Paying Doctors to Deny Care


ObamaCare was supposed to be all about increasing access to healthcare, especially for the poor and disabled. President Obama was concerned that patients were being denied care in order to increase the profits of others. As a presidential candidate, Obama stated one of his goals was “making sure that they are limited in the ability to extract profits and deny coverage.”

Robert Book, contributor to Forbes, says the Obama administration is doing exactly what candidate Obama said he would stop – denying care to increase profits.

Accountable Care Organizations

A little known provision of ObamaCare is to set up Accountable Care Organizations (ACOs) to incentivize providers (hospitals and doctors) to save money – by denying care. These cooperative endeavors are designed to encourage hospitals and doctors to unite in joint efforts to lower the costs of federally provided healthcare. The incentive for these providers is they get to keep some of the savings for themselves.

Section 3022 of the Affordable Care Act (ACA) establishes the Medicare Shared Savings Program (MSSP) which establishes the ACOs. These ACOs are paid to “reduce costs” for treating their patients. Seems like an innocuous goal but as usual the “devil is in the details.”

First, patients don’t “enroll” in an ACO. They are assigned to one based on the preponderance of their utilization. In other words, at the end of the year if a patient has used a lot of medical services (generated a lot of bills) from physicians who are members of a particular ACO, then that patient is assigned to the ACO. (They might not even be aware they have been assigned.)

The ACO receives bonus payments based on the total amount Medicare pays for care of those patients assigned to the ACO. This total is based on all care of those patients, including care provided by non-ACO providers. Bonuses are based on reducing total costs relative to what would be expected risk-adjusted cost based on each patient’s health status.

Second, in order to reduce costs it is necessary to reduce services – give patients less care. The incentives to providers encourages them to recommend fewer surgeries, fewer hospital stays, less frequent follow-up appointments and less expensive medications. It also incentivizes providers to refer to other physicians in the ACO – so those providers have the same incentives.

Obviously this system works best when the ACO is large and controls a significant share of the healthcare-provider community. It is less effective if the patient has many other options. This is one of the reasons hospitals are purchasing physician practices – so they can reliably control the doctors that will be in their ACOs.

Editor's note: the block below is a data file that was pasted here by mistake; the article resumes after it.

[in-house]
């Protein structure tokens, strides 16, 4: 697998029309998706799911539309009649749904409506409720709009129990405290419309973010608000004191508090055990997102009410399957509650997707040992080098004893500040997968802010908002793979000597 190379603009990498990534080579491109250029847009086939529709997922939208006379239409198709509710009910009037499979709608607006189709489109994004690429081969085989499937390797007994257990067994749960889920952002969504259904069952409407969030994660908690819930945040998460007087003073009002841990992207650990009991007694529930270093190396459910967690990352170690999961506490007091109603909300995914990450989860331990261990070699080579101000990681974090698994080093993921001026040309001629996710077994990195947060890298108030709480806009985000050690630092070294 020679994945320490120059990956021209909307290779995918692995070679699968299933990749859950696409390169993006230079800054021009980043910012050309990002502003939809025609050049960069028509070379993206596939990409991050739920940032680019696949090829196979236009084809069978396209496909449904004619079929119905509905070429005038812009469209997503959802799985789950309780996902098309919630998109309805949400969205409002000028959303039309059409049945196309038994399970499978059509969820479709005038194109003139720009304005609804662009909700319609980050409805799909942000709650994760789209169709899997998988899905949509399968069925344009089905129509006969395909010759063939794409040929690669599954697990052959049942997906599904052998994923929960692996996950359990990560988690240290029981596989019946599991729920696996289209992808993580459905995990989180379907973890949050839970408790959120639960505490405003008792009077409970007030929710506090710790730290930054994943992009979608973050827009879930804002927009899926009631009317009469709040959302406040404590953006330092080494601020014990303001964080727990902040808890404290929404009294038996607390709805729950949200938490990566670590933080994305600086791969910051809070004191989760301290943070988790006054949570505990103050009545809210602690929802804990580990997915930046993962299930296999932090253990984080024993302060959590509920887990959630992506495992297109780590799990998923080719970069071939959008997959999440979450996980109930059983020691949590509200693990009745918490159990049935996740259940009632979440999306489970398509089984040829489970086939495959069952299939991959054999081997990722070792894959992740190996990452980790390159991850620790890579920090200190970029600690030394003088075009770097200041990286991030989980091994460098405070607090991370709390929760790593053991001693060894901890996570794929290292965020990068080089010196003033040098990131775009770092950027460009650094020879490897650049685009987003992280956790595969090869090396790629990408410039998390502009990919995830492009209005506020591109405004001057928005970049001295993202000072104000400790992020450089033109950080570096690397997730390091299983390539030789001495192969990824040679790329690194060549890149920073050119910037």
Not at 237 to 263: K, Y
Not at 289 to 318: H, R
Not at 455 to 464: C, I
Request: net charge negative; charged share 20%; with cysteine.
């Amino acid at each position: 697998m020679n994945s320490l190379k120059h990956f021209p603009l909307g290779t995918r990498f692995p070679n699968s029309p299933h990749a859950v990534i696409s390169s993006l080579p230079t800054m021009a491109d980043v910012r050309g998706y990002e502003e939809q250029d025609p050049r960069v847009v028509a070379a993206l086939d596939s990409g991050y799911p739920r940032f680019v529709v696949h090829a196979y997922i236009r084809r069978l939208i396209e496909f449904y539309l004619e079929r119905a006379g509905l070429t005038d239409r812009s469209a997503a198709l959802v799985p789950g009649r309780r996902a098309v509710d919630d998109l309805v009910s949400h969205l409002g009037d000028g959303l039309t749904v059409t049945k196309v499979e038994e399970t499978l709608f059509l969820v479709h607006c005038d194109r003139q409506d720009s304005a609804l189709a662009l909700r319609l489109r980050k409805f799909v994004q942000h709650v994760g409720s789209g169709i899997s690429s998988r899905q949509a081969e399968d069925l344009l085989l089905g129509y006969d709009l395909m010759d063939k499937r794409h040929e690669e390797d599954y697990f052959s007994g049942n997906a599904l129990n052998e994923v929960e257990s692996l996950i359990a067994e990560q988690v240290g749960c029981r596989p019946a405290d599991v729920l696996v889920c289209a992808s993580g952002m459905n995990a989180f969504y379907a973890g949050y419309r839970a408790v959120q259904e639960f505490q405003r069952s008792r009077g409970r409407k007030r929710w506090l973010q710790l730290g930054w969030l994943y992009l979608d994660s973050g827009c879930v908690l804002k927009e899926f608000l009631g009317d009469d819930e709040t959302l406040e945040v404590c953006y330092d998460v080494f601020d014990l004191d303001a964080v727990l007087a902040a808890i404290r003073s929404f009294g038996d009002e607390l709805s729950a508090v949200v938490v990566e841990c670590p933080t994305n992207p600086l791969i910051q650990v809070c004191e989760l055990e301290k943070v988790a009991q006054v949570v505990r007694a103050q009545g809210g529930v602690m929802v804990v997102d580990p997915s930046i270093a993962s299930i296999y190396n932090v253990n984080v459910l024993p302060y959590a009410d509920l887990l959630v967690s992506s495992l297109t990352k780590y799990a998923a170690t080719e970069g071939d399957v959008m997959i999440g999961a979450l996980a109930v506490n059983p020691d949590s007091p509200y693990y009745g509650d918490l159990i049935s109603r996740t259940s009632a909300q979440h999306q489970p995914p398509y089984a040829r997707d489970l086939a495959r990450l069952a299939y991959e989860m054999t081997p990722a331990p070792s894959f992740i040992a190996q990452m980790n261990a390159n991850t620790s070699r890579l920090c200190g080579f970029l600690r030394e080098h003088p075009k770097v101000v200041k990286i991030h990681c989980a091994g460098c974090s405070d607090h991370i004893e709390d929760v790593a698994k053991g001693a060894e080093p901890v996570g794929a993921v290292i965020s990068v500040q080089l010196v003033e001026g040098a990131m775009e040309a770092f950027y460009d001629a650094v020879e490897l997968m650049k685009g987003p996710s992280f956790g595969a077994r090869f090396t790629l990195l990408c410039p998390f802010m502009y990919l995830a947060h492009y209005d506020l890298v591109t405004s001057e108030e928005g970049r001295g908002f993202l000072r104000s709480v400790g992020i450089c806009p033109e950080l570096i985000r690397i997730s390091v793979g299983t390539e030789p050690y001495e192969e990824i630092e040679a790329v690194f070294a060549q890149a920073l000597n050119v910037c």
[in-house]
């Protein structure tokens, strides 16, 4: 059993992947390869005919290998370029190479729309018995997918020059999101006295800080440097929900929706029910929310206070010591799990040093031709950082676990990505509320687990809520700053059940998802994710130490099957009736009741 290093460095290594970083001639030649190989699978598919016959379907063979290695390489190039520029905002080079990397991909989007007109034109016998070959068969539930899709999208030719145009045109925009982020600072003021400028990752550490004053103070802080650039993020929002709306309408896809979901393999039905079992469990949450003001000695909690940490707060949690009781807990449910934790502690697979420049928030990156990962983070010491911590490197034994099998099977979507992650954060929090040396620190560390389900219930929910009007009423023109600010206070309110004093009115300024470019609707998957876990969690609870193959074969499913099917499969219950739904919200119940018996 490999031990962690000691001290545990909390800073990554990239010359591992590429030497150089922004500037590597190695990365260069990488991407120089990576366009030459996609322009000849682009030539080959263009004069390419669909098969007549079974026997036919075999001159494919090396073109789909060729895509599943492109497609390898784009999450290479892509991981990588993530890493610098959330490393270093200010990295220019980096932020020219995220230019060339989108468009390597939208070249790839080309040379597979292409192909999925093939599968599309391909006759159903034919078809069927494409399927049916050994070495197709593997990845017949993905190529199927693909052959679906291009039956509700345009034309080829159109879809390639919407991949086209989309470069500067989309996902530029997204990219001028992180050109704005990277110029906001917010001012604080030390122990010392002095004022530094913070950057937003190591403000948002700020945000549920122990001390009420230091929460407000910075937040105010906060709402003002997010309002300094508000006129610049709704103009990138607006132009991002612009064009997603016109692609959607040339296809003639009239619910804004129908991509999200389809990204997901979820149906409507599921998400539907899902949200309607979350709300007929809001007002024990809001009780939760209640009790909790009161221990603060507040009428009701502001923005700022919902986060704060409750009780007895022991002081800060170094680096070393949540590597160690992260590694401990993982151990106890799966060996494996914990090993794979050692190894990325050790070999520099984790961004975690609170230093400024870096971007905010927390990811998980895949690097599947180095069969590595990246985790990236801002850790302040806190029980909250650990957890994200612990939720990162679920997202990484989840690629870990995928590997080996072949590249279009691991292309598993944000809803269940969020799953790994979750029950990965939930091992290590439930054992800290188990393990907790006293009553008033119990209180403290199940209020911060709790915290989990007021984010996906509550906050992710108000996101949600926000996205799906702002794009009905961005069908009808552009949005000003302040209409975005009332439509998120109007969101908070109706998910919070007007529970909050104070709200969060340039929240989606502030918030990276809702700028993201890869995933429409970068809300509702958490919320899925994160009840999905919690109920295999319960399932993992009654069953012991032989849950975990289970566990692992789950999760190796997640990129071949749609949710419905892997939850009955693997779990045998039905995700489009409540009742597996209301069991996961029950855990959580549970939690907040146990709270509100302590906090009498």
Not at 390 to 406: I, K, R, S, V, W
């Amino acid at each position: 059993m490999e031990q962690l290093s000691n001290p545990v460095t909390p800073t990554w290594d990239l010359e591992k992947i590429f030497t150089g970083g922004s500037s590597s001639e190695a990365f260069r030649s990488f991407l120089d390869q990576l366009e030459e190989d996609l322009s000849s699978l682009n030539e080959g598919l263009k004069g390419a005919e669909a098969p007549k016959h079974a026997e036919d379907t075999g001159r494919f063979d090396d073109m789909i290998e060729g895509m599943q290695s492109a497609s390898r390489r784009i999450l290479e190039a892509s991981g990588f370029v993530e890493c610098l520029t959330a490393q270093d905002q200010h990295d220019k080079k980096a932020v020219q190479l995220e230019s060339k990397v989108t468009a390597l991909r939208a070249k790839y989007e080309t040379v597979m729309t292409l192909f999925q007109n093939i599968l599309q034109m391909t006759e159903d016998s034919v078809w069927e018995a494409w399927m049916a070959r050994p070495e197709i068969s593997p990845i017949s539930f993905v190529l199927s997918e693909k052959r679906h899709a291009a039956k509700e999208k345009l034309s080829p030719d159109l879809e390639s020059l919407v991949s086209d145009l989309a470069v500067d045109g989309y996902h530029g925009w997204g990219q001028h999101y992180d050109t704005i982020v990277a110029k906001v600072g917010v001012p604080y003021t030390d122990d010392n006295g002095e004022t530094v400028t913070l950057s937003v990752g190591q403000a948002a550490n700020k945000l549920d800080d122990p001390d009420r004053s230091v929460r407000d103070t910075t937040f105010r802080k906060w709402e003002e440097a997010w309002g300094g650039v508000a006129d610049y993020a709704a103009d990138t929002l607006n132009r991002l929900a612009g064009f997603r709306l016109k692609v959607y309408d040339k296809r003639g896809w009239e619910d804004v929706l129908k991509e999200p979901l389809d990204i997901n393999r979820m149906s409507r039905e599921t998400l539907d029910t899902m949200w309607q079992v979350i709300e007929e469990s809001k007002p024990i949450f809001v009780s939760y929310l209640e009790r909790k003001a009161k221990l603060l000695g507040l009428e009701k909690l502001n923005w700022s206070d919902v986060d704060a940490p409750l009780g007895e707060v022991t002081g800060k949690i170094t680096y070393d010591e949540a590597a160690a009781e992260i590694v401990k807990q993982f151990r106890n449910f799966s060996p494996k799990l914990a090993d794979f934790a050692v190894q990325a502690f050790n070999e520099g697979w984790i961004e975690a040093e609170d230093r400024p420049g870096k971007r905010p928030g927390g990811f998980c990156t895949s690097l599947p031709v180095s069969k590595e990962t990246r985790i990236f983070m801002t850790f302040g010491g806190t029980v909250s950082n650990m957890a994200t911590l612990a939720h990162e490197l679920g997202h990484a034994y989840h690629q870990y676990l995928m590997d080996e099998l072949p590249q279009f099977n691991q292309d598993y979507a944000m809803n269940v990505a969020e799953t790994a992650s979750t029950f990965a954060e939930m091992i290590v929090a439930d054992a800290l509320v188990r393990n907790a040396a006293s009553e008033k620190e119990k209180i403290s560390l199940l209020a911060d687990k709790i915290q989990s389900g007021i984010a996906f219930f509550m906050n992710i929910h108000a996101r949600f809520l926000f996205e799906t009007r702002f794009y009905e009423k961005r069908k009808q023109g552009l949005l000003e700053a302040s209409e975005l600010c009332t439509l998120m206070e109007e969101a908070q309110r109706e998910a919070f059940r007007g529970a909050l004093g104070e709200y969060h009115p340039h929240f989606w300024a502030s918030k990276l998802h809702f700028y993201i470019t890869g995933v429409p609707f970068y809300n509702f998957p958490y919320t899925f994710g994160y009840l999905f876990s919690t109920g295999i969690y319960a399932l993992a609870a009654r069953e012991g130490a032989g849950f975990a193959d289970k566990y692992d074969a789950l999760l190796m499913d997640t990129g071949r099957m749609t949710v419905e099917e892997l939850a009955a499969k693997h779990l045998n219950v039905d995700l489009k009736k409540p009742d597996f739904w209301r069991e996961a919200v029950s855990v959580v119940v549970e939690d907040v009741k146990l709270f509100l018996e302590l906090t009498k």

How successful are these ACOs?

Ironically, most of these ACOs have not been very successful.

The Medicare “Pioneer” ACO project originally featured 32 experienced health systems hand-selected by HHS because they had already made progress toward the ACO model. Thirteen – or one-third of the program – have since dropped out as they spent more than the old status quo. In year one, spending increased at 14 sites and only 13 of the 32 qualified for a bonus. In year two, spending increased at six of the remaining 23 and 11 received a bonus.

After netting out the bonuses and penalties, the Pioneer ACOs saved taxpayers a grand total of $17.89 million in 2012 and $43.36 million in 2013. All in, per capita spending was a mere 0.45% lower compared to ordinary fee-for-service Medicare. Yet the upfront start-up investments for the pioneers (in administration, compliance and information technology) ran to $64 million, so at best the program is a wash.

The editorial board of The Wall Street Journal says,

ACOs are failing because HHS’s regulations are a classic case of counterproductive and arbitrary central planning: The government is paying hospital groups to generate slightly lower bills. As the quitters may have discovered, it is more remunerative to stay with the old system, with higher hospital bills but no bonuses.”

But ACOs are far from dead. Just last month Florida Senator Bill Nelson (D) was pleased to announce a new partnership between Florida Accountable Care Services (FACS) and United Healthcare. The joint venture goes live on April 1. The new ACO is being promoted “to improve people’s health and satisfaction with their healthcare experience.”

“Our primary goal now is to assist the independent physicians in Florida in the management and operation of ACOs and provide them with the tools, services, and technical expertise they’ll need to succeed in the shifting landscape of health reform,” said Sandeep Bajaj, M.D., founder and CEO of FACS. “Together, we expect to achieve even better health outcomes and improve patient satisfaction, while reducing the overall cost of care.”

“With this new accountable care program, we can help ensure that people receive more personalized and better connected care,” said David Lewis, CEO of United Healthcare of Central and North Florida.

That’s a lot of happy talk from those who stand to benefit financially from this cooperative venture. Until they can show me outcomes data that proves patients are actually better off from these ACOs, count me skeptical. It still sounds like just another Obama administration plan to reduce healthcare costs by denying people healthcare.

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